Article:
Why is Medicare so Expensive? Episode III

The rise of chronic disease

Published on October 12, 2012by Abdul El-Sayed

We spent $509 billion in total Medicare expenditures in 2010. That’s 12 percent of the federal budget—and a lot of money.

In part one of this series, we established four trends that are fundamental to understanding the rising cost of Medicare. Part two addressed demographic transitions in the United States.  Here, we take on the changing disease character of older adults.

Medically, elderly Americans look vastly different in 2012 than they did in the early years of Medicare. For one, their tummies have taken on a distinctly more rotund form. Today’s elderly Americans are much more likely to be obese than their predecessors. A whopping 70 percent of Americans over the age of 70 are overweight or obese. In the 30-year span between 1976 and 2006, obesity among men aged 65-74 increased from 13 percent to 33 percent. More striking, obesity among men aged 75 years or older jumped from 1 percent to a whopping 25 percent. Among women aged 65-74 years, obesity rose from 22 percent to 37 percent, and from 1 percent to 24 percent among those aged 75 years or older.

Diabetes is also much more common in today’s elderly than it was in the past. Diabetes is now the 7th leading cause of death among the elderly—and a direct contributor to most other leading causes, including cardiovascular disease, the most deadly disease overall. Nearly 25 percent of Medicare beneficiaries had a diagnosis of diabetes in 2007—a 15 percent increase in just 15 years. Today, nearly half of all people with diabetes have public insurance—8.5 million of them through Medicare.

Care for these conditions is expensive—for example, one study in the journal Health Services Research suggests that healthcare costs are up to 13 percent higher among men and 17 percent higher among women who are overweight or obese as compared to those of normal weight. And diabetes is a real bank-breaker: estimated to account for 25 percent of the Medicare budget annually, it contributes an excess of nearly $10,000 in annual healthcare costs.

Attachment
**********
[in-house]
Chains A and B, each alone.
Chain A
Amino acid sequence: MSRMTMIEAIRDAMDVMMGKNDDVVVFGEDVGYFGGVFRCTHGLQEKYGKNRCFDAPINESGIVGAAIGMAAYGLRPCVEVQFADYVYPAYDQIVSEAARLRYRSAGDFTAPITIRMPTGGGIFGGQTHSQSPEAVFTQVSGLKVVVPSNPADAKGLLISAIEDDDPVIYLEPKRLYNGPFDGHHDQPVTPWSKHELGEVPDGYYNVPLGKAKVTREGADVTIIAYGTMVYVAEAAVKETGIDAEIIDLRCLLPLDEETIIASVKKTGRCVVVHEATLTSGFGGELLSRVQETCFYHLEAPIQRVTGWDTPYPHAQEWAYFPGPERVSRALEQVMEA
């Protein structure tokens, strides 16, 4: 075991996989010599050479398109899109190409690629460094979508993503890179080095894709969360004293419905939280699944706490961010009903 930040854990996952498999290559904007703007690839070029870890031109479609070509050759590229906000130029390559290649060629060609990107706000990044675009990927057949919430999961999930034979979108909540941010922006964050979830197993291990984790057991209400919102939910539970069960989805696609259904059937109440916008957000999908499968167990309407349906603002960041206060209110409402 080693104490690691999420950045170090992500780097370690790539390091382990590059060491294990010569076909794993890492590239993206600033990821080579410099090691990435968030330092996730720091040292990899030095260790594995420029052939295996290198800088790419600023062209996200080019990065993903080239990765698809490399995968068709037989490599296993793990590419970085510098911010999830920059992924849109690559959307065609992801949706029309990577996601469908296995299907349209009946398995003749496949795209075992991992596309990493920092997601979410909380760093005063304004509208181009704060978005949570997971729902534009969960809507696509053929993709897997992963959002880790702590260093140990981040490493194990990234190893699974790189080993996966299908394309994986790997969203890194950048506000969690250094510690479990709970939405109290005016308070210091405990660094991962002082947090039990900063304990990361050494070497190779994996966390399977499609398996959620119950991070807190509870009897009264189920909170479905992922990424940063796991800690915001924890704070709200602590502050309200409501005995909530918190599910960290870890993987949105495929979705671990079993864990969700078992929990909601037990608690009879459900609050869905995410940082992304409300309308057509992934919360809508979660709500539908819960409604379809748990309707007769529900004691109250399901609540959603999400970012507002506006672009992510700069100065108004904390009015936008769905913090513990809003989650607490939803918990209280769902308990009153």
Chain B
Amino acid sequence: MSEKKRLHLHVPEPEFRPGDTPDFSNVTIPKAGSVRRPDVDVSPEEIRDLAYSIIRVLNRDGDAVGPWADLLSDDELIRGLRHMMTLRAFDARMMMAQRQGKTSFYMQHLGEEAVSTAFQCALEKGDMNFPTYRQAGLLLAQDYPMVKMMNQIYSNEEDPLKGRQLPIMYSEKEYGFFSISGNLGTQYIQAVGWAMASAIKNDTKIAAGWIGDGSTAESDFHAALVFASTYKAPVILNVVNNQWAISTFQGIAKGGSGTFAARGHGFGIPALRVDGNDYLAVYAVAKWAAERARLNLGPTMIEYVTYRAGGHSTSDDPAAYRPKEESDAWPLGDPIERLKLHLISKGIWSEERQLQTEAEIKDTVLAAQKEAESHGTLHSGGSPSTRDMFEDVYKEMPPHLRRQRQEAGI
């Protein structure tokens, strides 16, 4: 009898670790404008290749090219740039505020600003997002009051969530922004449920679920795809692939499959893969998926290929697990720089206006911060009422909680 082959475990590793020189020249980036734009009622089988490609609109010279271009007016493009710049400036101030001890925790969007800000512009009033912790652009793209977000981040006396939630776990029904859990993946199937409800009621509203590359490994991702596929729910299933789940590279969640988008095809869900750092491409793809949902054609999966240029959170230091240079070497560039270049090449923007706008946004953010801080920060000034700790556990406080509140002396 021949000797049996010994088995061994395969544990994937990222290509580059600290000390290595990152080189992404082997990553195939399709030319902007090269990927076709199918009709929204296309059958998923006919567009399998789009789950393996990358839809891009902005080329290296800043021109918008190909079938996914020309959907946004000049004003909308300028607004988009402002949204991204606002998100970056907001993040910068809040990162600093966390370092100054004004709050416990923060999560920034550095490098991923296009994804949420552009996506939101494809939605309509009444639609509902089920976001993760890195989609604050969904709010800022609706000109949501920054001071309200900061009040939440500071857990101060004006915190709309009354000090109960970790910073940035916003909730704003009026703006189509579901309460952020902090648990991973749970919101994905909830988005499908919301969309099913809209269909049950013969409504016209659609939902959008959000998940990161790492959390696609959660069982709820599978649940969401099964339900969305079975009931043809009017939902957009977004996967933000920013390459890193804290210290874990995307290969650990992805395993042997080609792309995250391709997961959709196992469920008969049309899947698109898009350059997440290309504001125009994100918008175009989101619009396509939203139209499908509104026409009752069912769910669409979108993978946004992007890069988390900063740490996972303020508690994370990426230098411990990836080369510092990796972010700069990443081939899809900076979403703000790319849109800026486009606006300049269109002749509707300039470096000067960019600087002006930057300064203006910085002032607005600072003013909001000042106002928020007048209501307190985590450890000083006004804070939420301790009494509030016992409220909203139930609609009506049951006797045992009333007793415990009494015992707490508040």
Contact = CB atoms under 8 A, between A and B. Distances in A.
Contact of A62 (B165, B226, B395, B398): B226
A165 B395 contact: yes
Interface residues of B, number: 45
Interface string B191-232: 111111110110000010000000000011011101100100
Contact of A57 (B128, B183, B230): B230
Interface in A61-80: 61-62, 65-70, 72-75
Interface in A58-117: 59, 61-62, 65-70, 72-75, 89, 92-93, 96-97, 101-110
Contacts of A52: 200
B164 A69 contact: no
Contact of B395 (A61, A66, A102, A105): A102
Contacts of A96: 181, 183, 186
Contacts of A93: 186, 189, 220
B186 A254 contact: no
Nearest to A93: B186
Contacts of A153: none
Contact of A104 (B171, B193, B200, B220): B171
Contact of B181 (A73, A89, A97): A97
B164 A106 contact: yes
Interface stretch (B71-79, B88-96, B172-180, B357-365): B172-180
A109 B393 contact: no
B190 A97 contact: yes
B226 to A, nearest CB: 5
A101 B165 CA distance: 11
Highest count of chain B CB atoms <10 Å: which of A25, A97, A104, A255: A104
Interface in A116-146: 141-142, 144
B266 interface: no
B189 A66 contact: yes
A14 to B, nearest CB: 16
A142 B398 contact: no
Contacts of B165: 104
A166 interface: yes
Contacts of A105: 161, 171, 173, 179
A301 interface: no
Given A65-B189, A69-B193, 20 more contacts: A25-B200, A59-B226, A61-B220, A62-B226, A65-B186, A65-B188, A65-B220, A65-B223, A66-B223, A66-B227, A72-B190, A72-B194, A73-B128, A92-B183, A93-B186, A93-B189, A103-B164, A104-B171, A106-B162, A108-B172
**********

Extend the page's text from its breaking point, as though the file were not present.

What makes obesity and diabetes so problematic is that they are, by definition, chronic. Their victims suffer—and wrack up huge healthcare bills—for a long, long time. Most obese and diabetic beneficiaries are obese and diabetic well before they reach Medicare eligibility—meaning they pose an added financial liability on Medicare for the entire tenure of their Medicare eligibility.

What’s worse, Americans are becoming obese and diabetic at ever-younger ages. For example, a 2005 study showed that between 1988 and 2000, the average age at diabetes diagnosis decreased from age 52 to age 46. That has a knock-on effect on Medicare costs because these conditions are progressive—their symptoms get worse with age. Therefore, as people contract these diseases earlier, they are likely to be more severe—hence more costly—by the time they reach Medicare eligibility.

Another increasingly common disease that threatens to drive Medicare costs sky-high is dementia. The Alzheimer’s Association notes that between 2000 and 2008, while the number of deaths to other leading causes—like cardiovascular disease and common cancers—fell, deaths due to dementia increased by 66 percent.

Part of the reason dementia deaths are on the rise is precisely because death rates from other diseases are decreasing (therefore “unmasking” dementia among those who would have otherwise died of other diseases), but with respect to our conversation about Medicare costs, dementia is really expensive. In 2011, estimated costs of Alzheimer’s disease were $183 billion—more than half of those costs were born on Medicare. The Alzheimer’s Association estimates that by 2050, Medicare spending on dementia will increase over 6-fold.

The policy implications of the financial havoc chronic disease has wrought on Medicare is clear—addressing the growing burden of chronic disease among Medicare beneficiaries should be an obvious goal.

Unfortunately, however, attempts to do that have focused more on individual responsibility and choice rather than on the contextual drivers of diseases like obesity and diabetes—changes in the food environment that have made energy-dense, low-nutrient foods much cheaper than less obesity-inducing choices; the mass adoption of technologies that decrease the amount of transport physical activity the average American does throughout the day; and changing social norms that promote more passive leisure time activities.

In the next episode, we’ll consider how the rise in healthcare technologies has inflated Medicare costs. Stay tuned.

Edited by Dana March